I’ve always been picky about my text editors. Once I discovered Markdown, I started searching for the perfect Markdown editor. I know there are a plethora to choose from, (and not all of the editors in this list support Markdown,) but these are the five text editors I’ve liked enough to use more than once or twice.
5. Apple Notes
It has its quirks, but it’s free and it’s pre-installed on every MacOS and iOS device. It’s quick and easy to create a new note, and it has a few bells and whistles that basic text editors don’t have like text formatting and attachments. Unfortunately, when copying and pasting into other apps, I’ve run into formatting issues. So I use it, but not for any type of actual writing. Also worth mentioning that Notes does not support Markdown.
Scrivener is a beast. If you’re writing a book or a screenplay, this is the tool to use. My dad has written a couple of books, and my job has always been editing and formatting. He usually sends his manuscripts to me in Word or Google Docs, with weird formatting and out of place paragraphs or chapters. My first move is to get all that text into Scrivener so I can make sense of it. If you set it up right, it’s easy to move things around and although it takes some time, fixing the formatting is pretty straightforward. Once I’m done with my part, it’s easy to export in a variety of formats for traditional paper publishing, or eBook for Kindle or Apple Books. I wish I could teach my dad to use Scrivener from the get-go, but he’s not a huge fan of technology.
If you are an author, there are a ton of extra tools in Scrivener that makes the entire process more efficient. It’s worth going through the tutorial to really wrap your head around the features. I believe there’s a way to sync documents between MacOS and iOS, but I haven’t had a chance to dig into it.
3. Drafts 4
I know—it’s not the most recent version of the Drafts app. And I’m not sure you can still download it if you don’t already own it. But I already have too many subscriptions, and Drafts 5 moved to a subscription model. If you don’t mind subscriptions, it’s currently $2.99/month or $29.99/year.
It used to be my go-to text app, mainly because of the “Actions” functionality. Basically, once you’re done writing, you can do almost anything with that text. I hang on to the old version just for a few custom actions I created, but I rarely use it anymore.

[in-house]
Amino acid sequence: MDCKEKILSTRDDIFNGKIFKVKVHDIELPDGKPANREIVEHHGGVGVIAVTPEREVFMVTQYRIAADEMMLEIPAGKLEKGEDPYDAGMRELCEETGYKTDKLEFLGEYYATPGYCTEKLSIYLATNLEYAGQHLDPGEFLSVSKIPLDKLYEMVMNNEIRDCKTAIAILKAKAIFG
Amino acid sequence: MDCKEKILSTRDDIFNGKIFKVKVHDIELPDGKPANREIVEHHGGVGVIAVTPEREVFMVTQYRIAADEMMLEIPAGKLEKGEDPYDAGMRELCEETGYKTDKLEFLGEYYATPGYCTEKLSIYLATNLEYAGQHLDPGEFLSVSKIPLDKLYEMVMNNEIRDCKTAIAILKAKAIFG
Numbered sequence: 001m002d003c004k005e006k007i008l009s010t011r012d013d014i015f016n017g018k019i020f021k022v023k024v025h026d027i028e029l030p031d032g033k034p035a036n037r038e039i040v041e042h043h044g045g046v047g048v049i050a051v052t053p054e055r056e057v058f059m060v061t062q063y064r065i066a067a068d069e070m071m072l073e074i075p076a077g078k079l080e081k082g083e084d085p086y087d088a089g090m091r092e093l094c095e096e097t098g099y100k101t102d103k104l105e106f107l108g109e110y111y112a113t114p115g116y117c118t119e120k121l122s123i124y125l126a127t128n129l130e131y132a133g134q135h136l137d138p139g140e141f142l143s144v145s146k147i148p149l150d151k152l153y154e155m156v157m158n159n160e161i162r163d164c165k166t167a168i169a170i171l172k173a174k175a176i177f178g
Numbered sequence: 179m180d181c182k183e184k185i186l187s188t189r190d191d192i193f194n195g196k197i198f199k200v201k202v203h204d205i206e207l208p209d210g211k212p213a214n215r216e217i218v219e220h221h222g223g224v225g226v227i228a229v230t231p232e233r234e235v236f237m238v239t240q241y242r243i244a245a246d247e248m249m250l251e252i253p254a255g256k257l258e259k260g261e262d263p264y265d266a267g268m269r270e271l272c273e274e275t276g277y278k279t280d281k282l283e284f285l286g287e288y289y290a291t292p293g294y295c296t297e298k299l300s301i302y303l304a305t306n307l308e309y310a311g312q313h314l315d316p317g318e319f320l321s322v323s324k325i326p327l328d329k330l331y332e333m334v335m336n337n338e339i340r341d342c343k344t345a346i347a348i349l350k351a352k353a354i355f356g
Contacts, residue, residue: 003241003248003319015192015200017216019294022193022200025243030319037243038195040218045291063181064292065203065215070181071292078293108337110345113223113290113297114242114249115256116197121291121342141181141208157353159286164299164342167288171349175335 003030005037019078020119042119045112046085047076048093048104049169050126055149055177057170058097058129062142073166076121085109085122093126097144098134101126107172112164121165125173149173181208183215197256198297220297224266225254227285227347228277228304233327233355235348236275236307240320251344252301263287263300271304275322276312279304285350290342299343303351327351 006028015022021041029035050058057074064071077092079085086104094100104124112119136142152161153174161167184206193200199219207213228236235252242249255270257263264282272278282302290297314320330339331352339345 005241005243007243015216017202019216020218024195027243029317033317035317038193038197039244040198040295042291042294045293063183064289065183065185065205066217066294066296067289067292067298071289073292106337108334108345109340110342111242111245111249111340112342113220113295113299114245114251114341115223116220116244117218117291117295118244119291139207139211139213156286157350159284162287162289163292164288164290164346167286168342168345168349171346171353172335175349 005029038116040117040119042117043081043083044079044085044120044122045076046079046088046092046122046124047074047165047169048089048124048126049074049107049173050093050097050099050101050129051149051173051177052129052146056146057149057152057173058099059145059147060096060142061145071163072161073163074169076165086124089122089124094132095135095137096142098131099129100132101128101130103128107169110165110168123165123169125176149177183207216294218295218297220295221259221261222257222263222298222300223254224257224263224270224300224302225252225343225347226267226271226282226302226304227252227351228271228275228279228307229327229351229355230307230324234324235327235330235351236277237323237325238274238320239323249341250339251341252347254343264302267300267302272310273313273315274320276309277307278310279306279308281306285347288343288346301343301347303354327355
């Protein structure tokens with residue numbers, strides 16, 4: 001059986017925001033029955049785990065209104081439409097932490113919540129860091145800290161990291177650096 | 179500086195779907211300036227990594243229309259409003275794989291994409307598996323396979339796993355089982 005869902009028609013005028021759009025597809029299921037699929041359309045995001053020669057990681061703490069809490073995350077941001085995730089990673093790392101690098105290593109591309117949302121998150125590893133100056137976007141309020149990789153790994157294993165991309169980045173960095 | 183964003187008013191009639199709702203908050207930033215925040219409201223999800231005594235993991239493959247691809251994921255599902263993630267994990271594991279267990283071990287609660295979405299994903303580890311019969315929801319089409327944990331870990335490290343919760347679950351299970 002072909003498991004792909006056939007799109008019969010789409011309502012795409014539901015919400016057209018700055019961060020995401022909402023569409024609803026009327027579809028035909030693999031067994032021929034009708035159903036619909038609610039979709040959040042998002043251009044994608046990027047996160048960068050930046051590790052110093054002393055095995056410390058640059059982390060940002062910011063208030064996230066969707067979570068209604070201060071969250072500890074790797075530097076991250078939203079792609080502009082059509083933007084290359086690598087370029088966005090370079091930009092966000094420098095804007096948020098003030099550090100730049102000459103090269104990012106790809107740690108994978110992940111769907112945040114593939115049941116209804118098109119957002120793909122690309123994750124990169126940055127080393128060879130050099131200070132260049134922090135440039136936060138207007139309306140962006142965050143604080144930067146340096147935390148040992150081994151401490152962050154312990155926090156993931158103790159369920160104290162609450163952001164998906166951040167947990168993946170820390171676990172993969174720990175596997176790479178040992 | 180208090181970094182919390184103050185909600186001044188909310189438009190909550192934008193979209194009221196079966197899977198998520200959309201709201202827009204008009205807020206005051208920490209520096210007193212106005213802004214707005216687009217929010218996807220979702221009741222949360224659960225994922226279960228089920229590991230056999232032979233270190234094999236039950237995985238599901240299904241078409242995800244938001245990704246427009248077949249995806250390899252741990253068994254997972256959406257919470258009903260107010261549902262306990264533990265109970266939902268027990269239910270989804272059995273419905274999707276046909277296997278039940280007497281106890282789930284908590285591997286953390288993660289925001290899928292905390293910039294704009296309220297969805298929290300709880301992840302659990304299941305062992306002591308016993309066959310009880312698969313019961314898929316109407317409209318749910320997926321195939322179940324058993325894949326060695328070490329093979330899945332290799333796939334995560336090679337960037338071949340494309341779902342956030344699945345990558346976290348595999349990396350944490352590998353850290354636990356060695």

Byword is a solid competitor in this list. It’s similar to iA Writer in a lot of ways, but the handful of services it can publish to is a bit different.
If iA Writer didn’t exist, I’d be using Byword.
1. iA Writer
iA Writer has been a favorite of mine ever since I downloaded it while sitting at a McMenamins in the suburbs of Portland years ago. It syncs via iCloud, has solid Markdown support, and is just an all around great text editor. Like Byword, it supports publishing directly to a handful of services. It’s not super cheap—and you’ll pay for each app separately (iOS, MacOS, etc.) But it is available on more than just Apple platforms. Android and Windows users are covered.
Choosing between Byword and iA Writer is tough, but comes down to personal preference and publish destinations.
Both iA Writer and Byword allow publishing directly to WordPress and Medium. If you’re a SquareSpace user, you can always copy and paste into a Markdown block. While the publish services make things a little easier, they certainly aren’t necessary to get your text where it needs to go.
No matter how many other editors I try, I always come back to iA Writer. I’m curious as to what other people use–is there an editor that isn’t on this list that you live by? Let me know.